But reliability experts warn that keeping the lights on during CPP implementation isn’t as easy as flipping the switch on a usually-idle coal plant. If the costs of the regulation or carbon adder are too high, the coal plants that would normally run to ensure reliability will simply retire.
“If the cost impacts are great and coal is moved to the back of the dispatch line, that could yield uneconomical coal plants, creating a reliability problem,” Haque said.
That isn’t a reason in and of itself to abandon the idea of an adder. If anything, the commissioner said, states should be looking at regional partnerships to keep the cost as low as possible.
It's important to keep in mind that the rule is not yet finalized—and we don’t have a good idea of how much and how fast coal generation will actually retire under the rule. But as the proposed regulation is currently written, 45 GW of coal generation is estimated by Navigant Research to retire under the plan, forced into unprofitability by the regulations and the proliferation of cheaper natural gas. That’s on top of the 60 GW of coal retirements that are already expected from the EPA’s Mercury and Air Toxics Standards.For context, the U.S. had about 310 GW of coal-fired capacity in summer 2012.
Waves of coal plant retirements could cause power supply issues in some states, even as they work to build out more gas, renewables and transmission to support the shift away from coal.
That idea is one of the central points of a NERC report released last week that examined reliability concerns with the proposed rule. NERC analysts recommended in that paper that the EPA amend its proposed compliance timeline because states simply do not have enough time to build the necessary new generation and transmission required for compliance. That fact won’t change with a carbon adder, they say.
“The [carbon] prices can be an indicator of the changes that are expected either in the capacity or the resource dispatch, [but] that still doesn’t really address the need for the new infrastructure or assure reliability while the associated transmission or pipeline [construction] activities have to be implemented,” Tom Burgess, vice president of reliability assessment and performance analysis at NERC, told Utility Dive.
His colleague John Moura, director of reliability assessment at NERC, explained that coal plants can’t play the same role in ensuring reliability as the gas generators that do so today.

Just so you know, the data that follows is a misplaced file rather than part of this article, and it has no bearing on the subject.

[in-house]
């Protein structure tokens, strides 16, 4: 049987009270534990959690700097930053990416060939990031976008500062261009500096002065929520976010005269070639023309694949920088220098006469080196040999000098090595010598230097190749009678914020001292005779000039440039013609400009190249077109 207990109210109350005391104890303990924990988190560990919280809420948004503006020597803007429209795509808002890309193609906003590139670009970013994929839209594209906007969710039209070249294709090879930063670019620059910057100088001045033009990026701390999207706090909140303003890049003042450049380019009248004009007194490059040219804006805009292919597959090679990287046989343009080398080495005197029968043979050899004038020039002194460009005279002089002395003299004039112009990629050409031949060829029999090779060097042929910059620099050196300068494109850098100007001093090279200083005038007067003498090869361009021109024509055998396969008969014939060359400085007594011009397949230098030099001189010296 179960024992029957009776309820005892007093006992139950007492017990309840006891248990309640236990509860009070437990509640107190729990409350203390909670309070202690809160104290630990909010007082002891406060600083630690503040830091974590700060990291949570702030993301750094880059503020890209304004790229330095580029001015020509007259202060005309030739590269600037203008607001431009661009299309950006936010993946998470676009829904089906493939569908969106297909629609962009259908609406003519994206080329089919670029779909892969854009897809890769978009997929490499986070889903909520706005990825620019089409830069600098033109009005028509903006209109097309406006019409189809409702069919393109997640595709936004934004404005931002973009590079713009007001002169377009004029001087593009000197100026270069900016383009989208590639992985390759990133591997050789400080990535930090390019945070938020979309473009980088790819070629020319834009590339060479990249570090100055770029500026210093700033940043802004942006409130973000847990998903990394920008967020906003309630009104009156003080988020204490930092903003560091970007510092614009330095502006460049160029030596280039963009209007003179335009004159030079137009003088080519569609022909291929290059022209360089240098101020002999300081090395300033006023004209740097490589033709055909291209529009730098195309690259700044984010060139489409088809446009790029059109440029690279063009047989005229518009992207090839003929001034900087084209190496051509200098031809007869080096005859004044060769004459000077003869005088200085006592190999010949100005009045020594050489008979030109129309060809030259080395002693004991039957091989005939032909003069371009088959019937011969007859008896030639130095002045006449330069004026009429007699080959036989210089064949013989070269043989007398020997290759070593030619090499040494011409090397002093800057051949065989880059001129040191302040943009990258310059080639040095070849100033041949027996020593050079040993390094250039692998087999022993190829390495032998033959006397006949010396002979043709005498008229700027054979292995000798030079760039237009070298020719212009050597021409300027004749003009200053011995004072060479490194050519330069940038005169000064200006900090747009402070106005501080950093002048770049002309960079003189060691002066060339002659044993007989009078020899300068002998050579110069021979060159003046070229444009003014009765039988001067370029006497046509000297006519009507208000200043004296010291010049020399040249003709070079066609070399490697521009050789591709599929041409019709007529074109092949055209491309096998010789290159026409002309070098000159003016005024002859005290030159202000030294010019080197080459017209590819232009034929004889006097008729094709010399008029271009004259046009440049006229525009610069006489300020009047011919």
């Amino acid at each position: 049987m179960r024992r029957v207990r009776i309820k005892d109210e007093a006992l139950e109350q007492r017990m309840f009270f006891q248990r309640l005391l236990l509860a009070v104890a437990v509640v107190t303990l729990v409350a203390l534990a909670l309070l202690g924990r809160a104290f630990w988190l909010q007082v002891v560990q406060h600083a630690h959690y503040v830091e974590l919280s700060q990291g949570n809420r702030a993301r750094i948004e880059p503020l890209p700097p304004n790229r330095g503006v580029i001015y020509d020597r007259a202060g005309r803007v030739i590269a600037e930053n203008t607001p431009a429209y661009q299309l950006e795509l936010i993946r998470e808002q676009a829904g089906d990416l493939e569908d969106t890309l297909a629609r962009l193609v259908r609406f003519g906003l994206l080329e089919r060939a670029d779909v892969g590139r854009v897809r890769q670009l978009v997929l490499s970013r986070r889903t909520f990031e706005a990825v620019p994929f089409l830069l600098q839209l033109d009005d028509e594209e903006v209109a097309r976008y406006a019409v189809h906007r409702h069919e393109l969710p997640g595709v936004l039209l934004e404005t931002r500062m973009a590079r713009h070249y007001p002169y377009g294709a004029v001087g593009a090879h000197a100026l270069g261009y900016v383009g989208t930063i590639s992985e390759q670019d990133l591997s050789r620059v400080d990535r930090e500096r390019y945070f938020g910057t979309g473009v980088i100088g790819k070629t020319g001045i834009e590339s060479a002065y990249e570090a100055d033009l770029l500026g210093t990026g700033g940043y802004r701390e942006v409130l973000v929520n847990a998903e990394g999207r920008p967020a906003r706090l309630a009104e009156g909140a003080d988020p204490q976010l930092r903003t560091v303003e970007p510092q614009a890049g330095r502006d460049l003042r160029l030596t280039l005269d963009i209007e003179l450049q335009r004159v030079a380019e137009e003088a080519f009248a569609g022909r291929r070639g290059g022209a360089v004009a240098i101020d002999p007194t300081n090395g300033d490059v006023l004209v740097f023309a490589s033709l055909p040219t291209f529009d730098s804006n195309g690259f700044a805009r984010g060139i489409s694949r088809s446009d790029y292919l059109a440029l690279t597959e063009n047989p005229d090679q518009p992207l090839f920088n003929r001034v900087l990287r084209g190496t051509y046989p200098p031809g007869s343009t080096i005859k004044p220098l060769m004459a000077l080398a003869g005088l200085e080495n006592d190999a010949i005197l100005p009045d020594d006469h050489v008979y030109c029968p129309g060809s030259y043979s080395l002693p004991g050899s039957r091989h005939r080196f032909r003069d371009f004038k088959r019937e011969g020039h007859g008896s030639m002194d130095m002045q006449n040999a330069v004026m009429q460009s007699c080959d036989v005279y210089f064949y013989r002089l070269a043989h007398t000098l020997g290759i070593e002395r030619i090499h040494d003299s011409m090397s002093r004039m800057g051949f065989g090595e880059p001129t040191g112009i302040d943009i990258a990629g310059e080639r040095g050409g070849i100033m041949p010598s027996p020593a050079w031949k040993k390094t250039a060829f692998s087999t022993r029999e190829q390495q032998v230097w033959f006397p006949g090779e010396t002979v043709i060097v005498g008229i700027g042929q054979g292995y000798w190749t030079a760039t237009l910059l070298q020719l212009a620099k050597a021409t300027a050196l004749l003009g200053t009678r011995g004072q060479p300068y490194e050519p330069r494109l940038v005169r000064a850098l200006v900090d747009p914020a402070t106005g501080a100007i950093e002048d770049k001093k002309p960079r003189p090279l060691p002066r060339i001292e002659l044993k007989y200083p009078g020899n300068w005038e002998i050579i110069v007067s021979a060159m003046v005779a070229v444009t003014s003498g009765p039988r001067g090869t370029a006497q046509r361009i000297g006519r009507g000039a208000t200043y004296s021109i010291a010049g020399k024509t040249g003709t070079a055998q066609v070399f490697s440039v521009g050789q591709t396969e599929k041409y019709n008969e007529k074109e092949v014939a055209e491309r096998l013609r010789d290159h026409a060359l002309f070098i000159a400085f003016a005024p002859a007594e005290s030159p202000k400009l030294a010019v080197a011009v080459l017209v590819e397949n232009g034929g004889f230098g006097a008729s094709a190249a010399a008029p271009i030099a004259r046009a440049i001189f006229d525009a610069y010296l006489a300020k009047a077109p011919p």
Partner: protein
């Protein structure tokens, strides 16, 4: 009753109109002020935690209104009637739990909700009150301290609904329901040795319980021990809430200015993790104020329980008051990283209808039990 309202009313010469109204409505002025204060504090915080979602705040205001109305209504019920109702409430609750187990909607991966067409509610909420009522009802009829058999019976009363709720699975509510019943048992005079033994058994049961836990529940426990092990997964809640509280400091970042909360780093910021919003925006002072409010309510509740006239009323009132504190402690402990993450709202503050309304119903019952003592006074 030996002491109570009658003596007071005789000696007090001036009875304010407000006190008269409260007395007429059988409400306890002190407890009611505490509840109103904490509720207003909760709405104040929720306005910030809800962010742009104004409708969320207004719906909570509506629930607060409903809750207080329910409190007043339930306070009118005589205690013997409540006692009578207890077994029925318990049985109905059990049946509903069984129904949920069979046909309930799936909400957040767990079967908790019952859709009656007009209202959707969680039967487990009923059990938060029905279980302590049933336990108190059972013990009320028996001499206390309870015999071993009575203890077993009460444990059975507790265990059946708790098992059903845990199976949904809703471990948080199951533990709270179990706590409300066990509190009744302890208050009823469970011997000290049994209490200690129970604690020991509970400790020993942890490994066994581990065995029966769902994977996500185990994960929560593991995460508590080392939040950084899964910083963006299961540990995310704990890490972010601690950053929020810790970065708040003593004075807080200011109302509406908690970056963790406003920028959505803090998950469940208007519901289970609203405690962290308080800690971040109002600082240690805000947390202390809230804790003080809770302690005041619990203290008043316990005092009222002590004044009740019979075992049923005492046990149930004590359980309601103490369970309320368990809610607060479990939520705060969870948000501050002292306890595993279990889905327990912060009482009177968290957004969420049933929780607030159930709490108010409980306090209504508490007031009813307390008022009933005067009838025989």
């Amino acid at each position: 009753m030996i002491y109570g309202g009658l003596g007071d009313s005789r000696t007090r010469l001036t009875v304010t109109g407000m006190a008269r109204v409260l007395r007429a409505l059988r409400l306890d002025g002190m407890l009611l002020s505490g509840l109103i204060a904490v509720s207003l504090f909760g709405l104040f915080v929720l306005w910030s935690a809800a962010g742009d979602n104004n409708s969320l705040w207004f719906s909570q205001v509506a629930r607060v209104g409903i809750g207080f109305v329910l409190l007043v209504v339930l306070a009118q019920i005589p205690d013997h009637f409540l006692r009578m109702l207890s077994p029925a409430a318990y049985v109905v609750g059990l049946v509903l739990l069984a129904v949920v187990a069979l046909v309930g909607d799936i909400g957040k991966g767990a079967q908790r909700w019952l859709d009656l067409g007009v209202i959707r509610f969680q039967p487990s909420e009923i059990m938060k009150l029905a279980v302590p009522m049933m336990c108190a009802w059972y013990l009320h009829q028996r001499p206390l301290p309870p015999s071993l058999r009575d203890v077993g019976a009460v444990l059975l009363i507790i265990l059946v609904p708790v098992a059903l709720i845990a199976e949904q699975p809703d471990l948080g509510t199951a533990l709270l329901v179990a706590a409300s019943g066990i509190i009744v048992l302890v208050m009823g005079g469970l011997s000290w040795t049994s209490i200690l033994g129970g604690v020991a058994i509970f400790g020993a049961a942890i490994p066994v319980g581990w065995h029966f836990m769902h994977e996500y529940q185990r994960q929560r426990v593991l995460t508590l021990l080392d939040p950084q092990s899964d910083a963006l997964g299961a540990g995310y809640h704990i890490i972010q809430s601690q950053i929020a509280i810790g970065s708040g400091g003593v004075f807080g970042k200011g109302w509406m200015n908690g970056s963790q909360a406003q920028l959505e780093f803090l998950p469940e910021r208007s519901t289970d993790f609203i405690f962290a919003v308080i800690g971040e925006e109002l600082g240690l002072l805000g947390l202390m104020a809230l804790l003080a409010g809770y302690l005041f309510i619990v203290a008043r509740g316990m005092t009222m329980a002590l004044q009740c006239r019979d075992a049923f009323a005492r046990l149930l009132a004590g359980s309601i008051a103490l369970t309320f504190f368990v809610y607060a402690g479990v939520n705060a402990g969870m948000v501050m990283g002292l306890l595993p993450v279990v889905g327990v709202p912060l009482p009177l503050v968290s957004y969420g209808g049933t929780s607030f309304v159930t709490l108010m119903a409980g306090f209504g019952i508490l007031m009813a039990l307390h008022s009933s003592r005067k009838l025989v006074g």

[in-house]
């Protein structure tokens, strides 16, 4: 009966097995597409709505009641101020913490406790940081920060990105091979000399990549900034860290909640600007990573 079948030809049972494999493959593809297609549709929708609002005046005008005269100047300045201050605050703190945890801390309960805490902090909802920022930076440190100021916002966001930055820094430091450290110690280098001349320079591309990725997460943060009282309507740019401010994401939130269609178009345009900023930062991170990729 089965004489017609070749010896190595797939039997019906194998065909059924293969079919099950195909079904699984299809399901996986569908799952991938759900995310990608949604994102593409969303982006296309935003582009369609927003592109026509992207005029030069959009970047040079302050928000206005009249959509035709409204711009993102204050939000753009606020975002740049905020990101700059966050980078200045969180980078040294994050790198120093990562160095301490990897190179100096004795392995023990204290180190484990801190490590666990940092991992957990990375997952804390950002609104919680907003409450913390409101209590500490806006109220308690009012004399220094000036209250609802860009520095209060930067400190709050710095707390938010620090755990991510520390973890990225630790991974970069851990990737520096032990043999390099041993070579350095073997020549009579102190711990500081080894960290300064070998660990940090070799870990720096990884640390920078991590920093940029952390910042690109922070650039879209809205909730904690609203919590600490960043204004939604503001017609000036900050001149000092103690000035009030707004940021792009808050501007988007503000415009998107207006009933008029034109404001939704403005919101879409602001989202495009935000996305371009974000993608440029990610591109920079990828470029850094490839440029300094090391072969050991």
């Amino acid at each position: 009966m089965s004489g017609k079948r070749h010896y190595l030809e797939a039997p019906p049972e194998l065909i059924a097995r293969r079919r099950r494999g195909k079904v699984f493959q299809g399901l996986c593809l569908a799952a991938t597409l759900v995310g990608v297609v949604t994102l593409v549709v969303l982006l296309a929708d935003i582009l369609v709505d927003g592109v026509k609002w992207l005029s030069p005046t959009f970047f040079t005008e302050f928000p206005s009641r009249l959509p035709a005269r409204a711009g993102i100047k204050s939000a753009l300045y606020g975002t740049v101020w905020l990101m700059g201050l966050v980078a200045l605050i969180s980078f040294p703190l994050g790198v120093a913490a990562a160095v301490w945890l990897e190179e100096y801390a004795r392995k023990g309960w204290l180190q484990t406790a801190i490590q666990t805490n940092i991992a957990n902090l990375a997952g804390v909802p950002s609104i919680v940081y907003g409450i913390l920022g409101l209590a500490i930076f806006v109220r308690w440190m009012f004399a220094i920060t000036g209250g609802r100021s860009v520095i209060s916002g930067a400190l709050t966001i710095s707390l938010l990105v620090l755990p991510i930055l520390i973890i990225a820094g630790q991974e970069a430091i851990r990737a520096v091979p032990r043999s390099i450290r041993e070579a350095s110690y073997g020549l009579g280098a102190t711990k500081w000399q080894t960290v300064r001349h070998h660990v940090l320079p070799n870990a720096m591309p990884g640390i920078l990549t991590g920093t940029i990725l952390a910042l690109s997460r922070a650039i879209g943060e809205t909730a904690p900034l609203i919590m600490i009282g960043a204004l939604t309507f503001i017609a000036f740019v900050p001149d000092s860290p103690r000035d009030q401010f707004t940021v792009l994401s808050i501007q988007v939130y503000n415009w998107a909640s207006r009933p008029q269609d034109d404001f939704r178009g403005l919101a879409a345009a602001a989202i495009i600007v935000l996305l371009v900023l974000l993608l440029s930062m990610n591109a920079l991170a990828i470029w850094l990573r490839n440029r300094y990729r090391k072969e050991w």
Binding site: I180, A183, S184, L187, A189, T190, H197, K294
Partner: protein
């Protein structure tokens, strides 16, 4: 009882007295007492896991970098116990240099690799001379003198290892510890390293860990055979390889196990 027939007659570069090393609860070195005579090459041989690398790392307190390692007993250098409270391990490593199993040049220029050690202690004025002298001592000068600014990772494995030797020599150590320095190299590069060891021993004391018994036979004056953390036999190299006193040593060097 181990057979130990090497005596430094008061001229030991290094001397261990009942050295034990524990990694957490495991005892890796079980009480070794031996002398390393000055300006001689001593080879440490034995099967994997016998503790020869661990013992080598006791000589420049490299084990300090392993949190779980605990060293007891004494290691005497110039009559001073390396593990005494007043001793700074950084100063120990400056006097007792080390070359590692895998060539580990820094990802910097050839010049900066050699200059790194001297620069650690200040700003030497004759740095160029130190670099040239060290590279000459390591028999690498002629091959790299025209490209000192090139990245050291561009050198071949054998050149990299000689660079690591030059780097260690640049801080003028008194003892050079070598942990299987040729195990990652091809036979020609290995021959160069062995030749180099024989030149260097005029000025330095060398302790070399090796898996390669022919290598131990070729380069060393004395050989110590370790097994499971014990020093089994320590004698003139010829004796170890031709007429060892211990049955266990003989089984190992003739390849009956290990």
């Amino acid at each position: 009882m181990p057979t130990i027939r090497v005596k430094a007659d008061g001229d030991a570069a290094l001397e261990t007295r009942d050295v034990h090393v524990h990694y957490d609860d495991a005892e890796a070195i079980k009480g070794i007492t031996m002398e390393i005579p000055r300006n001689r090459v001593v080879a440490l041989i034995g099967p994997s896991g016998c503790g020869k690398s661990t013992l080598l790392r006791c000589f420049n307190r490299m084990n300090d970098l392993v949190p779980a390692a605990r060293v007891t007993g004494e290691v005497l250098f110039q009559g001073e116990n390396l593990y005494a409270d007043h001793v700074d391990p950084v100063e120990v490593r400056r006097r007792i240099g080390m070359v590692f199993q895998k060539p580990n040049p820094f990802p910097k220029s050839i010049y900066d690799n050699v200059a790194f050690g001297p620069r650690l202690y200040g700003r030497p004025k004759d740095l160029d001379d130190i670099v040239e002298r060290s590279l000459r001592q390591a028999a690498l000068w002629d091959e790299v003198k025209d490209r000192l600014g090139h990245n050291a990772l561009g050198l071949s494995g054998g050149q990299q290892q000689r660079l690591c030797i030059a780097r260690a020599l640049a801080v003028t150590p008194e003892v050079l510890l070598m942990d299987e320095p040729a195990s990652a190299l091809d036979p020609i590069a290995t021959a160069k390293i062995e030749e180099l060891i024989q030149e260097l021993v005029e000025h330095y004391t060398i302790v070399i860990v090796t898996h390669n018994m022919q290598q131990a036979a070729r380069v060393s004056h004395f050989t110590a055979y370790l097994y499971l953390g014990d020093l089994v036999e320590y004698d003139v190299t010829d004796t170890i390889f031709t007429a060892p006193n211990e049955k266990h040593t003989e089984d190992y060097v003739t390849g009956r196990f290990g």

“When prices fluctuate and you’re asking coal units to do things that they’re not designed or built to do, such as cycling, such as saying ‘Can you start ramping up in the morning and be there for the peak that day?’ That’s just not physically possible,” he said.
“You don’t have the flexibility from this generation fleet [under the Clean Power Plan] that you did when you had a lot less utilization of gas fired generation,” he said.
Even so, the NERC analysts appreciated the logic of a carbon adder. Burgess said that although NERC did not address specific compliance strategies in its report, it ended up developing theoretical carbon prices anyway, because that was the best way to model what would happen to the generation mix under the new regulations.
“You have to develop these prices in order to flip-flop the whole generation mix,” he said about moving coal from the front of the dispatch queue to the back. “That’s kind of how you understand how the new dispatch and the price would affect the generation mix.”
Opposition to a carbon price
While the concept of a carbon adder appears to be gaining traction among many important stakeholders, not everyone is thrilled.
Jim Hunter, head of the utility department at the International Brotherhood of Electrical Workers (IBEW), which represents utility linemen and plant workers, worries that it won’t be enough to ensure grid reliability.
“When you start talking about an adder and CO2, you’re putting something into a system that’s not real,” he said. “You’re adding a cost, or adding something in that has nothing to do with the reliability of the system.”